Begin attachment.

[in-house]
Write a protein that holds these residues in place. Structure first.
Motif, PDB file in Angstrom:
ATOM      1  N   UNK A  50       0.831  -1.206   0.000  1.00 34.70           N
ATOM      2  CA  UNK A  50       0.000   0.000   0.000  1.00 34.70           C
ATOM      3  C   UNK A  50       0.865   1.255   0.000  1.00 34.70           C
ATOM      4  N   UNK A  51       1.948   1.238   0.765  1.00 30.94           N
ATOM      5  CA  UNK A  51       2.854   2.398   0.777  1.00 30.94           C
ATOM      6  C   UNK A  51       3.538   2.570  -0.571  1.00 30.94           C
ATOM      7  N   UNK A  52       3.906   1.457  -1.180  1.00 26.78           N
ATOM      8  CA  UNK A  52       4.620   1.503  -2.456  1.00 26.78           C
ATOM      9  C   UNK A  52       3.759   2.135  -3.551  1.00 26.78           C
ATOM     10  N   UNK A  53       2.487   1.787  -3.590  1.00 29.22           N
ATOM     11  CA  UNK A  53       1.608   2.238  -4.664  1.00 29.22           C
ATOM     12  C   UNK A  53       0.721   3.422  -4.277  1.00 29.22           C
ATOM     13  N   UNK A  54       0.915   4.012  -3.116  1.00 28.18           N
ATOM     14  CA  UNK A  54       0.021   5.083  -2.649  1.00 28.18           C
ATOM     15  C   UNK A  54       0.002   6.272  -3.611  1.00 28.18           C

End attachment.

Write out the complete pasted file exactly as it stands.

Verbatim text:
[in-house]
Write a protein that holds these residues in place. Structure first.
Motif, PDB file in Angstrom:
ATOM      1  N   UNK A  50       0.831  -1.206   0.000  1.00 34.70           N
ATOM      2  CA  UNK A  50       0.000   0.000   0.000  1.00 34.70           C
ATOM      3  C   UNK A  50       0.865   1.255   0.000  1.00 34.70           C
ATOM      4  N   UNK A  51       1.948   1.238   0.765  1.00 30.94           N
ATOM      5  CA  UNK A  51       2.854   2.398   0.777  1.00 30.94           C
ATOM      6  C   UNK A  51       3.538   2.570  -0.571  1.00 30.94           C
ATOM      7  N   UNK A  52       3.906   1.457  -1.180  1.00 26.78           N
ATOM      8  CA  UNK A  52       4.620   1.503  -2.456  1.00 26.78           C
ATOM      9  C   UNK A  52       3.759   2.135  -3.551  1.00 26.78           C
ATOM     10  N   UNK A  53       2.487   1.787  -3.590  1.00 29.22           N
ATOM     11  CA  UNK A  53       1.608   2.238  -4.664  1.00 29.22           C
ATOM     12  C   UNK A  53       0.721   3.422  -4.277  1.00 29.22           C
ATOM     13  N   UNK A  54       0.915   4.012  -3.116  1.00 28.18           N
ATOM     14  CA  UNK A  54       0.021   5.083  -2.649  1.00 28.18           C
ATOM     15  C   UNK A  54       0.002   6.272  -3.611  1.00 28.18           C